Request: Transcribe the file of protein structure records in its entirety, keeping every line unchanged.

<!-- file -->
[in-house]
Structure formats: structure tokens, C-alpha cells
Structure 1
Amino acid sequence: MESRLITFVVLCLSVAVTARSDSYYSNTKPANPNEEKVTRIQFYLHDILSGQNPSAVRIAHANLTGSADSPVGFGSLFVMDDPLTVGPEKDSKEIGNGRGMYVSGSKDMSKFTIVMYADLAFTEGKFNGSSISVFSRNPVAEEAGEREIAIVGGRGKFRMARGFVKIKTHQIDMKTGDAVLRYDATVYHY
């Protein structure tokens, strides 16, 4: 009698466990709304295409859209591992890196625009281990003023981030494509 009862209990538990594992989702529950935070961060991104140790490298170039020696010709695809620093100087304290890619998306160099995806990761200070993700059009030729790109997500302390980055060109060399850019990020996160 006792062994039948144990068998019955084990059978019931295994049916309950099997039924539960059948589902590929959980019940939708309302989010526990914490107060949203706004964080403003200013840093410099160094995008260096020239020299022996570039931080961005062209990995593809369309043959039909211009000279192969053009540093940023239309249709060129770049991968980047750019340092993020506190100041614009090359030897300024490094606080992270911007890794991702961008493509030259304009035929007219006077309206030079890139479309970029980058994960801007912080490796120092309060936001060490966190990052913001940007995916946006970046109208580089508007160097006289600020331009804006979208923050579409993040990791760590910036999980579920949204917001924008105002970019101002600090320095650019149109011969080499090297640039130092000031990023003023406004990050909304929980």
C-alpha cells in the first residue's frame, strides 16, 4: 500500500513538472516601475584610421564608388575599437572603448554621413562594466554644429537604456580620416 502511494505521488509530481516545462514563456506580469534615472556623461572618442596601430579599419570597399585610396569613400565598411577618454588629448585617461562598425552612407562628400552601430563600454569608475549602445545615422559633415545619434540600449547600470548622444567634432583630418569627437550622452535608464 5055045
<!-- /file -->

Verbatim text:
[in-house]
Structure formats: structure tokens, C-alpha cells
Structure 1
Amino acid sequence: MESRLITFVVLCLSVAVTARSDSYYSNTKPANPNEEKVTRIQFYLHDILSGQNPSAVRIAHANLTGSADSPVGFGSLFVMDDPLTVGPEKDSKEIGNGRGMYVSGSKDMSKFTIVMYADLAFTEGKFNGSSISVFSRNPVAEEAGEREIAIVGGRGKFRMARGFVKIKTHQIDMKTGDAVLRYDATVYHY
């Protein structure tokens, strides 16, 4: 009698466990709304295409859209591992890196625009281990003023981030494509 009862209990538990594992989702529950935070961060991104140790490298170039020696010709695809620093100087304290890619998306160099995806990761200070993700059009030729790109997500302390980055060109060399850019990020996160 006792062994039948144990068998019955084990059978019931295994049916309950099997039924539960059948589902590929959980019940939708309302989010526990914490107060949203706004964080403003200013840093410099160094995008260096020239020299022996570039931080961005062209990995593809369309043959039909211009000279192969053009540093940023239309249709060129770049991968980047750019340092993020506190100041614009090359030897300024490094606080992270911007890794991702961008493509030259304009035929007219006077309206030079890139479309970029980058994960801007912080490796120092309060936001060490966190990052913001940007995916946006970046109208580089508007160097006289600020331009804006979208923050579409993040990791760590910036999980579920949204917001924008105002970019101002600090320095650019149109011969080499090297640039130092000031990023003023406004990050909304929980």
C-alpha cells in the first residue's frame, strides 16, 4: 500500500513538472516601475584610421564608388575599437572603448554621413562594466554644429537604456580620416 502511494505521488509530481516545462514563456506580469534615472556623461572618442596601430579599419570597399585610396569613400565598411577618454588629448585617461562598425552612407562628400552601430563600454569608475549602445545615422559633415545619434540600449547600470548622444567634432583630418569627437550622452535608464 5055045